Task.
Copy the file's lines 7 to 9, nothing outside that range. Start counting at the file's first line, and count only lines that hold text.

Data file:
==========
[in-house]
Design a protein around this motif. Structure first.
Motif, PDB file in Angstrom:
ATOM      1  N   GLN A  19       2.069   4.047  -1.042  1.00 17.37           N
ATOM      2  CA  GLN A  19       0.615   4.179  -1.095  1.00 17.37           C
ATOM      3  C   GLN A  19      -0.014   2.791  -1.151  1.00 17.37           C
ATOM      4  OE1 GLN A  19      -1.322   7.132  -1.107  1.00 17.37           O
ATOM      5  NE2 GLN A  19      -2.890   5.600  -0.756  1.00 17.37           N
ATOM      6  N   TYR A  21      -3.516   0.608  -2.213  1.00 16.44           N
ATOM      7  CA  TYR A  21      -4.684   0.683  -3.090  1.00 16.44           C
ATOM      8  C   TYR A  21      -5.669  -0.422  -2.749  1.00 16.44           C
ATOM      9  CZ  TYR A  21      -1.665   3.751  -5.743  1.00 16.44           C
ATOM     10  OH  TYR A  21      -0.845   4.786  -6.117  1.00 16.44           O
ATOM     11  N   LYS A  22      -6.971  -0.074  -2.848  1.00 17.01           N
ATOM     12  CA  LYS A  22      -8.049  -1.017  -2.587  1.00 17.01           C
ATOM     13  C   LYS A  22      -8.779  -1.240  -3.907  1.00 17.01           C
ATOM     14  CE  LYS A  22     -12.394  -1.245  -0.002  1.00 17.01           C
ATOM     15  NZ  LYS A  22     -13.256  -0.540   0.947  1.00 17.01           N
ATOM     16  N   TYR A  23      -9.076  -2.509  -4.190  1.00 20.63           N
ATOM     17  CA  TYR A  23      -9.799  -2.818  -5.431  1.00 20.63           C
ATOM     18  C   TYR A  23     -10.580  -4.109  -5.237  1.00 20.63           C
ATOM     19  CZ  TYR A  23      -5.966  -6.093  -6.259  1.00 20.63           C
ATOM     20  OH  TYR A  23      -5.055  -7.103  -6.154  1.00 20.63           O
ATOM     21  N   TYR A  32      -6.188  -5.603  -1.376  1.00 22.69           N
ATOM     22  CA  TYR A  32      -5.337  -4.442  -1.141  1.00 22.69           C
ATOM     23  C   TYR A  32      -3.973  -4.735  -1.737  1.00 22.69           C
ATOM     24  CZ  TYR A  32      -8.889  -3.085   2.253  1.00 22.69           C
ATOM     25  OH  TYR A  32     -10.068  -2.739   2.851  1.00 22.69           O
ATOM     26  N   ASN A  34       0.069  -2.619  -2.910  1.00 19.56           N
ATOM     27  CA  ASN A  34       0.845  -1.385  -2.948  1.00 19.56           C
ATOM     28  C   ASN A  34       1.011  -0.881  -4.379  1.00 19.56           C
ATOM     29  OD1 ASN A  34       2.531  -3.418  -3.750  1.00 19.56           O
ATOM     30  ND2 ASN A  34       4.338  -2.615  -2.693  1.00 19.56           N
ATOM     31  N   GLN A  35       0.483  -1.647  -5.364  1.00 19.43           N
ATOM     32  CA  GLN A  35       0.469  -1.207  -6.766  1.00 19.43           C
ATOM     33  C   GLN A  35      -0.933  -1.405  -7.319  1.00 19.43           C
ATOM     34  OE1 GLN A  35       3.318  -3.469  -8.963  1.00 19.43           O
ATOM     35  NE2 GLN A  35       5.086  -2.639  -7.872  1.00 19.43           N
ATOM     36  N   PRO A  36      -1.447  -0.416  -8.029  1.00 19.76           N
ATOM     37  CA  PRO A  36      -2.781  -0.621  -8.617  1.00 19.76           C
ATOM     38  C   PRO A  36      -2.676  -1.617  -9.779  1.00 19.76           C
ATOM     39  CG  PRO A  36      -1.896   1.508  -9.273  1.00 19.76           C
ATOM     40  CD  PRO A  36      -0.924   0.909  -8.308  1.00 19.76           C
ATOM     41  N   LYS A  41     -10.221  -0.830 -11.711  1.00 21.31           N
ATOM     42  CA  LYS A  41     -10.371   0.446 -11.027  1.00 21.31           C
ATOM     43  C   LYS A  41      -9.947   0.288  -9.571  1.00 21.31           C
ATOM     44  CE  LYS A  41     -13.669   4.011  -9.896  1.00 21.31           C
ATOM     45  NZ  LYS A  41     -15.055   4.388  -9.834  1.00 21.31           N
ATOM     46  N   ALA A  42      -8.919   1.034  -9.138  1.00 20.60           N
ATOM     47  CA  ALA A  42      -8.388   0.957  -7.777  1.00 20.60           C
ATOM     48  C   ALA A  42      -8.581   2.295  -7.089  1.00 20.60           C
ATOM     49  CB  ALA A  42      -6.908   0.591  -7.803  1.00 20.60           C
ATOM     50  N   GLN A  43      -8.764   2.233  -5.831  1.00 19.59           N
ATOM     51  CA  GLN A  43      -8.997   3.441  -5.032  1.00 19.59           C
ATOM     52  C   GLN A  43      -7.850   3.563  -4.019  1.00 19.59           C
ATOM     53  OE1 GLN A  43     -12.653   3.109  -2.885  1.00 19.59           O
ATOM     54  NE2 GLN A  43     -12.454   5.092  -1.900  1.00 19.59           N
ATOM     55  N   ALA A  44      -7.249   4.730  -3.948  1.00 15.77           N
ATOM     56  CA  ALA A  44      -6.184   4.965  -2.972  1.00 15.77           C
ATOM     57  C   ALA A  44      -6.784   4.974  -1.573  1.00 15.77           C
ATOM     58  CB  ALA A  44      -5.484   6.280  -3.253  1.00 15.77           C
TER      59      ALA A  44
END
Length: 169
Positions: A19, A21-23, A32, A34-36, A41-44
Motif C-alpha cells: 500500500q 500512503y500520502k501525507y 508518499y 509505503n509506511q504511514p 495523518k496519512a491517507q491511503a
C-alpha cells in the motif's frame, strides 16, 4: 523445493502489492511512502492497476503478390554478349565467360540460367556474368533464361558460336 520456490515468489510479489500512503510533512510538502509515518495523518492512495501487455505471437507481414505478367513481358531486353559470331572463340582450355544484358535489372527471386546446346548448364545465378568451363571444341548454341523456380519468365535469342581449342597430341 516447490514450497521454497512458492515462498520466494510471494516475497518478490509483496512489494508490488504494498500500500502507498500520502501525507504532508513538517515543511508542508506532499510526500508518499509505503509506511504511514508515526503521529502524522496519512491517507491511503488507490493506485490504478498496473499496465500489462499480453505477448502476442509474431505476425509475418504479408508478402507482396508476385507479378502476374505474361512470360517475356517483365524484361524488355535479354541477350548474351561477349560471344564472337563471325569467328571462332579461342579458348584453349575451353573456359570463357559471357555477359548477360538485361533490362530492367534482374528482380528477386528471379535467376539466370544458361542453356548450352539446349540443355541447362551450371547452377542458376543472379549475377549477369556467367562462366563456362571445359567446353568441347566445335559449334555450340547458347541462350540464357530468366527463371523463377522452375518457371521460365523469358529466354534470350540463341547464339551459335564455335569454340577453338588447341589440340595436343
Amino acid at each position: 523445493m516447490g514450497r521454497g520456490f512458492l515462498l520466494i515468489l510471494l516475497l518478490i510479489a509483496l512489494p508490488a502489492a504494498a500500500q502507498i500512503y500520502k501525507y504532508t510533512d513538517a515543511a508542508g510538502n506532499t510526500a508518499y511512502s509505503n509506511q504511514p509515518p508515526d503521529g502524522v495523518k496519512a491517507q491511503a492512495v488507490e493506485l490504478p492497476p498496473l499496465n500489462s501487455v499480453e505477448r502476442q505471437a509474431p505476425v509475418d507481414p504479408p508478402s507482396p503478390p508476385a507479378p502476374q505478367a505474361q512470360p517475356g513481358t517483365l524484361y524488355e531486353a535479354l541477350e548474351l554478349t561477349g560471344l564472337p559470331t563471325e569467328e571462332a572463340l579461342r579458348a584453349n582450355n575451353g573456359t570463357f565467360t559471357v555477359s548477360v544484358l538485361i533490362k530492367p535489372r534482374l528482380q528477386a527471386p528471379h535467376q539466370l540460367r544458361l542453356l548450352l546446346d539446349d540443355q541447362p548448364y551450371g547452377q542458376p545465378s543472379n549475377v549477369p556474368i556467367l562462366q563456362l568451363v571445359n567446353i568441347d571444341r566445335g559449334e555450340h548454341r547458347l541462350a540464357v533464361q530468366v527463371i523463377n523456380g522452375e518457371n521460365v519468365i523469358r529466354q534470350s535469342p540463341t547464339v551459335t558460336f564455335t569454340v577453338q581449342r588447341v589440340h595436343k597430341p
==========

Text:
ATOM      4  OE1 GLN A  19      -1.322   7.132  -1.107  1.00 17.37           O
ATOM      5  NE2 GLN A  19      -2.890   5.600  -0.756  1.00 17.37           N
ATOM      6  N   TYR A  21      -3.516   0.608  -2.213  1.00 16.44           N